As election day approaches, we’ve been watching a game of chicken unfold. Tsipras believes that the troika of the European Commission, IMF, and ECB will blink first because the current economic plan being implemented in Greece is not working and because these institutions will not want to be held responsible for a "Grexit" [a Greek exit from the eurozone].
Tsipras and his party have faith in their "Plan A": renegotiate and gain substantial concessions. They have no "Plan B." Tsipras’s pledge to renegotiate on his terms explains Syriza’s meteoric rise. But what happens if and when Tsipras takes office? As prime minister, heroic defiance will no longer be enough. Given the constraints, will he be able to sit down at the bargaining table with Greece’s creditors and negotiate a new program of debt relief? If he has to modify his stance, will he be able to maintain control over his party (including the far-left faction, which wants significant debt relief)? In many ways, Tsipras is trapped by his own rhetoric. He has portrayed himself as a leader of the Left, not just for Greece, but also for the entire eurozone. It will be hard for him to make a U-turn with lenders without losing credibility both at home and abroad.
One way out would be if Syriza had to form a coalition government, which could provide valuable political cover. It would enable Tsipras to negotiate with lenders while saving face with his constituents. It could also help tone down the more radical elements within the Syriza party, which are also the most disciplined. Tsipras, however, has repeatedly asked for the Greek people to give him an outright majority.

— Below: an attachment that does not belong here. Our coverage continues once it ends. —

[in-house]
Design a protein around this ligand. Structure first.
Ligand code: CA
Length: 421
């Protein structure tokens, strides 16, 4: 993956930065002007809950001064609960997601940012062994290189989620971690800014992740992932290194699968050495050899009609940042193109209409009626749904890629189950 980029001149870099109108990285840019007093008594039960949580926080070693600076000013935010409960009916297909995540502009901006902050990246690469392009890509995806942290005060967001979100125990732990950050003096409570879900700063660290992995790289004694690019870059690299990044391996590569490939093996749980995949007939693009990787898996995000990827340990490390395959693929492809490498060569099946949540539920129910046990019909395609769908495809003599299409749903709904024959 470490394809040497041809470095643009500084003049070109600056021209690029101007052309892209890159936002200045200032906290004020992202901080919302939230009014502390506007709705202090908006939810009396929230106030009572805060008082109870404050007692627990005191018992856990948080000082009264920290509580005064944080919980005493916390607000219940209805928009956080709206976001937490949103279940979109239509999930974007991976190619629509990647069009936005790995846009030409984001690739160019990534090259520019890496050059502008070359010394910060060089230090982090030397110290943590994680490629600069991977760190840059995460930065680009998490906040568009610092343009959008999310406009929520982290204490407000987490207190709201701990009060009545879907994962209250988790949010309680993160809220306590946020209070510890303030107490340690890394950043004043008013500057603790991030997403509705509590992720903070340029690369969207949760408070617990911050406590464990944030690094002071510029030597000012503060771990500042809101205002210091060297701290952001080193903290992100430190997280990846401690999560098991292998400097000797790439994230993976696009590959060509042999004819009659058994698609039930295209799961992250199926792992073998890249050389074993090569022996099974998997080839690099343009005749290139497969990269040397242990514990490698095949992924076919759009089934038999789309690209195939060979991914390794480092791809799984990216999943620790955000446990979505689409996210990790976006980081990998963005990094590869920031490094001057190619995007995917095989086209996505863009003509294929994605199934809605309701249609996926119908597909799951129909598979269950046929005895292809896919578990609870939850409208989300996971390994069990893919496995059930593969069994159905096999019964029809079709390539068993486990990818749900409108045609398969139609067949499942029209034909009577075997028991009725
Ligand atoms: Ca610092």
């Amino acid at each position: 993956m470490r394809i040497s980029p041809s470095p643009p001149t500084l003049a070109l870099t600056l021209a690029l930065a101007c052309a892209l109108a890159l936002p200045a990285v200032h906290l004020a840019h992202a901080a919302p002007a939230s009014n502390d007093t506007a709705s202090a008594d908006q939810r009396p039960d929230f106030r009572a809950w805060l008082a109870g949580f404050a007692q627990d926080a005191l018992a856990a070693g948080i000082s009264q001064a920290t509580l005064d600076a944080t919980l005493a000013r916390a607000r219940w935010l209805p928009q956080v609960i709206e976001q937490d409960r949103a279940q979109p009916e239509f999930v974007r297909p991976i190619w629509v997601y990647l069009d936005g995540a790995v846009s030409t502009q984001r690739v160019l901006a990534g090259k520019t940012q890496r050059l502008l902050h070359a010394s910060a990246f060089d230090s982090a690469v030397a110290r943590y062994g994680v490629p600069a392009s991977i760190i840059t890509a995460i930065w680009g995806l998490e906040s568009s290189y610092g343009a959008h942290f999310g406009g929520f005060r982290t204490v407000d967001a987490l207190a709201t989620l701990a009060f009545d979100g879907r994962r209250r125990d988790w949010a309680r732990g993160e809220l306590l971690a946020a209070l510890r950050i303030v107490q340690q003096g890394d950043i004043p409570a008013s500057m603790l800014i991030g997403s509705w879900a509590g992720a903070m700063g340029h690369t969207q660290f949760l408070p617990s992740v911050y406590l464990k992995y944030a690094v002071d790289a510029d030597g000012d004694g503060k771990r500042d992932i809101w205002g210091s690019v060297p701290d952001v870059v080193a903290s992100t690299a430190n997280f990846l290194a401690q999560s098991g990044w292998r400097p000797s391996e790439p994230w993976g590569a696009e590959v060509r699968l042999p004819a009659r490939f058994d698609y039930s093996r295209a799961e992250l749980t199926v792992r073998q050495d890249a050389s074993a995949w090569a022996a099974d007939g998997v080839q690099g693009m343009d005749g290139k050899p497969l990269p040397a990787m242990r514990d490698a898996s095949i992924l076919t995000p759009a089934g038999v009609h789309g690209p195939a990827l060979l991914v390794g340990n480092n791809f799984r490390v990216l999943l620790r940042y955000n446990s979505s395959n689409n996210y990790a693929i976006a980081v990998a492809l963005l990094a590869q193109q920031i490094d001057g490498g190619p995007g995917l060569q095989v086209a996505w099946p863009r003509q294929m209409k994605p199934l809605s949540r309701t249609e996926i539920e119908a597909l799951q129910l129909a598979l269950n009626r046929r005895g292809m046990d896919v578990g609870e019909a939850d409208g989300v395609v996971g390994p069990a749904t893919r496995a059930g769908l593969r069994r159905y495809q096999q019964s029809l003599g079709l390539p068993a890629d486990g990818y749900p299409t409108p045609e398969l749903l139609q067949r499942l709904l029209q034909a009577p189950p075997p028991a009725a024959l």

So far, the troika has been adamant that Greece must observe previously negotiated terms. How much leverage does Tsipras have to renegotiate the bailout agreements?
For the troika, bailout agreement commitments are national commitments, they are not government commitments. So you can change governments but not national commitments. If goodwill prevails, then some fine-tuning of the bailout conditions might be possible. Tsipras could start by challenging the specifics of the program. He can point out that the fiscal consolidation plan is not realistic, with the expectation that primary surpluses of 4.5 percent will be maintained for ten years. Growth projections remain too sanguine. He can also remind parties of the November 2012 Eurogroup agreement, which offered debt relief if Greece reached a primary surplus. On the other hand, he could just refuse to negotiate, since he has repudiated the program in his entirety. But time is running out, because the extension of the current program expires on February 28. What is at stake is nothing less than the Greek state’s liquidity.
"If Syriza sticks by its pledge to ’tear up’ the bailout agreement, we will probably see zero, or close to zero, flexibility on the part of the European Commission, ECB, and IMF."
If Syriza sticks by its pledge to "tear up" the bailout agreement, we will probably see zero, or close to zero, flexibility on the part of the European Commission, ECB, and IMF. They will not want to jeopardize their status and credibility on Greece. These institutions are also very wary of setting a precedent for fear that other eurozone-member countries feeling the fiscal squeeze will say, "Look what you’ve done for Greece. Why can’t you do something similar for us?" So I think it will be very difficult to radically alter the terms of Greece’s bailout agreements.